Wordless Wednesday – Korea Master Gardener International Conference

October 15th, 2014 by Terri James
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Welcome Banner at the GARES (Gyeonggido Agricultural Research and Extension Services) Facility

Hello from South Korea! Well we are back but the memories are still fresh!

The South Korean Master Gardener Program hosted its first Korea master gardener international conference – a small group of Extension Master Gardeners and Coordinators from the United States attended this conference we were welcomed with open arms and had a wonderful experience – this is a Wordless Wednesday post (almost) with pictures from the conference!

 

 

A group of Korean Master Gardeners gave us a demonstration on how to make Kimchi and Bibimbap

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Getting instructions on how to make Bibimbap

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The ingredients for Kimchi

Many participants spoke about their projects at workshops and in a poster session

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Haru and Toshi Hikicha speaking at the Conference

We were able to visit many gardens maintained by Master Gardeners

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Master Gardener Demonstration Garden at GARES

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Master Gardener Demonstration Garden at GARES

 

The whole experience was amazing – we meet a fantastic group of people, saw great gardens, and made many new friends!

Terri James, Horticultural Extension Assistant-Urban Gardening
University of Nebraska-Lincoln Extension

Search for Excellence Award First Place – Innovative Project (2013)

October 7th, 2014 by Terri James

2013 Search for Excellence: Innovative Programs Award Winner 1st Place, Douglas County Master Gardener Plant Training Program, Roseburg, OR USA

The challenges that lead us to the development of our Master Gardener Plant Clinic Training Program were two fold. The first was retention of students after their mandatory hours and keeping Veterans involved. The second was ensuring that office protocols and procedures were being followed on a consistent basis.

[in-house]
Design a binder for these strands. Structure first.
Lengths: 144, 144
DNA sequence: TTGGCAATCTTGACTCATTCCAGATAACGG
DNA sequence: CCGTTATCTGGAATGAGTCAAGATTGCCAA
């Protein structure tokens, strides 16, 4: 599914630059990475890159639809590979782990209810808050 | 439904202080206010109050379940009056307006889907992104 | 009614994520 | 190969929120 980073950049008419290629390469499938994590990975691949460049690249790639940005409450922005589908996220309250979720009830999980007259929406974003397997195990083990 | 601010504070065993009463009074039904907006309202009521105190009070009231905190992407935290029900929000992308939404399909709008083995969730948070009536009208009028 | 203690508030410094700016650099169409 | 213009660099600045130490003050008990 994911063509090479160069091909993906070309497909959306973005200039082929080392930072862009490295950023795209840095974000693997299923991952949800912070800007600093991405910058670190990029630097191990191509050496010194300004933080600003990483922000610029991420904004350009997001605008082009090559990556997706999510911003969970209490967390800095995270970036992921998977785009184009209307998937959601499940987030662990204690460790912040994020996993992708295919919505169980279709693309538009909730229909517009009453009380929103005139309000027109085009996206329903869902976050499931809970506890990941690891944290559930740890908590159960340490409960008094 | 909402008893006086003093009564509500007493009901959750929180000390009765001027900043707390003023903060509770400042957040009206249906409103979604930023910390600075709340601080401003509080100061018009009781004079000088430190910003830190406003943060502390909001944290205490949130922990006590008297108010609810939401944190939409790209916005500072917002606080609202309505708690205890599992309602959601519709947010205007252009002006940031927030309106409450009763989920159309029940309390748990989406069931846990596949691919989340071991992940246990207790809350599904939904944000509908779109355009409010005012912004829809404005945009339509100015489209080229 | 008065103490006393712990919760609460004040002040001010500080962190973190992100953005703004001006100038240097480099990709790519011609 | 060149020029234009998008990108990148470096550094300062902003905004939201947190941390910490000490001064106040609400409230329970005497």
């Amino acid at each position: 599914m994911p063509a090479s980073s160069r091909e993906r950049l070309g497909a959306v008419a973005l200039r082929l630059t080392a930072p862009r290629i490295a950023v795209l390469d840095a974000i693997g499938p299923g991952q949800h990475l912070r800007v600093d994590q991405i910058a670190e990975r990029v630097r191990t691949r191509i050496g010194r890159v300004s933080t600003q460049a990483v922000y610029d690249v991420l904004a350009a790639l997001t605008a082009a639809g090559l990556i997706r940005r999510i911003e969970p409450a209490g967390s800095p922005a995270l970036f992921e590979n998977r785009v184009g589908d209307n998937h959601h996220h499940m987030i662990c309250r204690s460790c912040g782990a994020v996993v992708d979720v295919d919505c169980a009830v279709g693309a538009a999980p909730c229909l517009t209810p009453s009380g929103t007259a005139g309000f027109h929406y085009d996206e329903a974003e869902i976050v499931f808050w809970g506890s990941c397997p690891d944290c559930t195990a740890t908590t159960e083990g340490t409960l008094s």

In making phone calls to students and veterans I found that they felt uncomfortable working in the Clinic. They didn’t feel that they were competent. We clearly needed to do a better job in our Clinic training.
At that time our training consisted of an orientation, two training sessions with whoever was working in the clinic and working in the Clinic for the remainder of their hours. There was no consistency in the training.

Advanced Diagnostics Class

Advanced Diagnostics Class

The most vital element of our new program is the Teaching Core. This group of 5 Veterans make the commitment to train the students from February through May, with two training sessions with their mentors. Next we developed a curriculum for them to follow. The students have a corresponding check list on file in the office. Both students and trainers refer to this list to see what has been covered. The students can also use the list to ask the trainer to repeat things that they are unsure of. Both trainers and students receive an updated copy of clinic Protocol and Procedures.

An important part of the skill set required is diagnostic. Our Agent, Steve Renquist, stepped up to the plate and instituted our Monthly Diagnostic classes. They are focused on the Clinic workers but all Master Gardners are welcome. In the classes we learn about plant, insect and disease identification. Steve updates us on the latest pest alerts and resources. This increased knowledge gives us the confidence that we are giving our clients the latest information.
With this program we have improved the quality of the work done in the Clinic and our volunteer calendar is usually booked two months out. We do an annual review with the trainees and mentors. The number one comment is that both now feel qualified to work in the Plant Clinic. We also follow-up with our Plant Clinic clients; one of the questions asked is “Do you feel the Master Gardners helped you resolve you issues?” In 2008 we had an 86% satisfaction rate / 2009 90%/ 2010 93% and in 2011 we were at 95%.

Our teaching core receiving certificates of appreciation

Our teaching core receiving certificates of appreciation

We have already shared our program with other chapters and have received very positive feedback on their results.

If you would like further information go to our site http://extension.oregonstate.edu/douglas/mg/search-excellence-2013

Submitted by: Judy Mercer, Douglas County Oregon Master Gardener

2015 SFE Awards Application